2013 - Dustin whittle - Escalando PHP en la vida real
SCALING PHP IN THE REAL
PHP is used by the likes of Facebook, Yahoo!, Zynga, Tumblr, Etsy, and Wikipedia. How do the
largest internet companies scale PHP to meet their demand? Join this session and ﬁnd out how
to use the latest tools in PHP for developing high performance applications. We’ll take a look
at common techniques for scaling PHP applications and best practices for proﬁling and
optimizing performance. After this session, you’ll leave prepared to tackle your next
enterprise PHP project.
Why performance matters?
The problems with PHP
Best practice designs
Doing work in the background with queues
Fronting with http caching and a reverse proxy cache
Distributed data caches with redis and memcached
Using the right tool for the job
Tools of the trade
Varnish/Squid and reverse proxy caches
Xdebug + Valgrind + WebGrind
Architecture not applications
What I have worked on
• Developer Evangelist @
• Consultant & Trainer @
• Developer Evangelist @
Did you know
Zynga, Tumblr, Etsy,
and Wikipedia were
all built on PHP?
The majority of Americans are said to wait in line (in a real shop) for no longer than 15
1 out of 4 customers will abandon a webpage that takes more than 4 seconds to load.
Microsoft found that Bing
searches that were 2 seconds
slower resulted in a 4.3%
drop in revenue per user
When Mozilla shaved 2.2
seconds off their landing page,
Firefox downloads increased
(60 million more downloads)
Obama’s website 60%
faster increased donation
conversions by 14%
Amazon and Walmart
increased revenue 1% for
every 100ms of improvement
Amazon and Walmart increased revenue 1% for every 100ms of improvement
Upgrade your PHP
One of the easiest improvements you can make to improve performance and stability is to
upgrade your version of PHP. PHP 5.3.x was released in 2009. If you haven’t migrated to PHP
5.4, now is the time! Not only do you beneﬁt from bug ﬁxes and new features, but you will
also see faster response times immediately. See PHP.net to get started.
Installing the latest PHP on Linux - http://php.net/manual/en/install.unix.debian.php
Installing the latest PHP on OSX - http://php.net/manual/en/install.macosx.php
Installing the latest PHP on Windows - http://php.net/manual/en/install.windows.php
Once you’ve ﬁnished upgrading PHP, be sure to disable any unused extensions in production
such as xdebug or xhprof.
Use an opcode
PHP is an interpreted language, which means that every time a PHP page is requested, the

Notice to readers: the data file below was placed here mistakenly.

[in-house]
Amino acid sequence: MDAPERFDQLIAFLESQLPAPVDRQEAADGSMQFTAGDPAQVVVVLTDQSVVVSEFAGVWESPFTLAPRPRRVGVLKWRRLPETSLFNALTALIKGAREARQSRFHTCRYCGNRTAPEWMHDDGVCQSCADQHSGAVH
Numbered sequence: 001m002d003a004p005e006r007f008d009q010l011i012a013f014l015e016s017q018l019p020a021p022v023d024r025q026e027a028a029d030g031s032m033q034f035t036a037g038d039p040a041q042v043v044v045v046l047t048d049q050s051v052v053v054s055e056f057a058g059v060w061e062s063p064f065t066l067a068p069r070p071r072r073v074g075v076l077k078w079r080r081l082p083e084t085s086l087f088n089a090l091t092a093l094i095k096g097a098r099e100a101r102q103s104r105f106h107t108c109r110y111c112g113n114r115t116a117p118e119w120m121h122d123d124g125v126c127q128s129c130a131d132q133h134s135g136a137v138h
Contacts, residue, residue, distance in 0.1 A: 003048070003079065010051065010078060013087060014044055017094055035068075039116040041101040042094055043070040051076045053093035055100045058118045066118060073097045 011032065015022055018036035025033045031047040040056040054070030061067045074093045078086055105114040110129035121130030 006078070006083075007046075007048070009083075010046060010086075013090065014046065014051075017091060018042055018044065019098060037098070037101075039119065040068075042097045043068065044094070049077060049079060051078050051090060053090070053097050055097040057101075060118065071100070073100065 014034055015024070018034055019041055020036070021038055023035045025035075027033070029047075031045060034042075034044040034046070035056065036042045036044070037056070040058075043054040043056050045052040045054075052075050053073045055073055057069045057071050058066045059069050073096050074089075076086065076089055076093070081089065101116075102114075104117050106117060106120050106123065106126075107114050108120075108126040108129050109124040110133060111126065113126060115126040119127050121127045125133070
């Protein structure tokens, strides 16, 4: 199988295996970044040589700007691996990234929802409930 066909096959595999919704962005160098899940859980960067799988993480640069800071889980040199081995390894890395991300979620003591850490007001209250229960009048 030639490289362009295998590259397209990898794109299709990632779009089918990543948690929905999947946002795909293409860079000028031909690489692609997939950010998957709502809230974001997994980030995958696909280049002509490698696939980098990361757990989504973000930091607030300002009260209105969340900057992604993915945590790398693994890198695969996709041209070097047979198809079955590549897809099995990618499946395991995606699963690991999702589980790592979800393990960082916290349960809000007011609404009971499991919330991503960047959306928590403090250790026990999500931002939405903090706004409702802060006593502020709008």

server will interpet the PHP ﬁle and compile it into something the machine can understand
(opcode). Opcode caches preserve this generated code in a cache so that it will only need to
be interpreted on the ﬁrst request. If you aren’t using an opcode cache you’re missing out on
a very easy performance gain. Pick your ﬂavor: APC, Zend Optimizer, XCache, or
Eaccellerator. I highly recommend APC, written by the creator of PHP, Rasmus Lerdorf.
Many developers writing object-oriented applications create one PHP source ﬁle per class
deﬁnition. One of the biggest annoyances in writing PHP is having to write a long list of
needed includes at the beginning of each script (one for each class). PHP re-evaluates these
require/include expressions over and over during the evaluation period each time a ﬁle
containing one or more of these expressions is loaded into the runtime. Using an autoloader
will enable you to remove all of your require/include statements and beneﬁt from a
performance improvement. You can even cache the class map of your autoloader in APC for a
small performance improvement.
Component with APC
While HTTP is stateless, most real life web applications require a way to manage user data. In
PHP, application state is managed via sessions. The default conﬁguration for PHP is to persist
session data to disk. This is extremely slow and not scalable beyond a single server. A better
solution is to store your session data in a database and front with an LRU (Least Recently
Used) cache with Memcached or Redis. If you are super smart you will realize you should limit
your session data size (4096 bytes) and store all session data in a signed or encrypted
The default in PHP
is to persist
sessions to disk
It is better to
store sessions in a
Even better is to store
in a database with a
shared cache in front
The best solution is to
limit session size and
store all data in a signed
or encrypted cookie
Leverage an inmemory data
Applications usually require data. Data is usually structured and organized in a database.
Depending on the data set and how it is accessed it can be expensive to query. An easy
solution is to cache the result of the ﬁrst query in a data cache like Memcached or Redis. If
the data changes, you invalidate the cache and make another SQL query to get the updated
result set from the database.
I highly recommend the Doctrine ORM for PHP which has built-in caching support for
Memcached or Redis.
There are many use cases for a distributed data cache from caching web service responses
and app conﬁgurations to entire rendered pages.
• Any data that is expensive to
generate/query and long lived
should be cached
• Web Service Responses
• HTTP Responses
• Database Result Sets
• Conﬁguration Data
Guzzle HTTP client has
built-in support for
caching web service
Doctrine ORM for PHP
has built-in caching
support for Memcached
Do blocking work
tasks via queues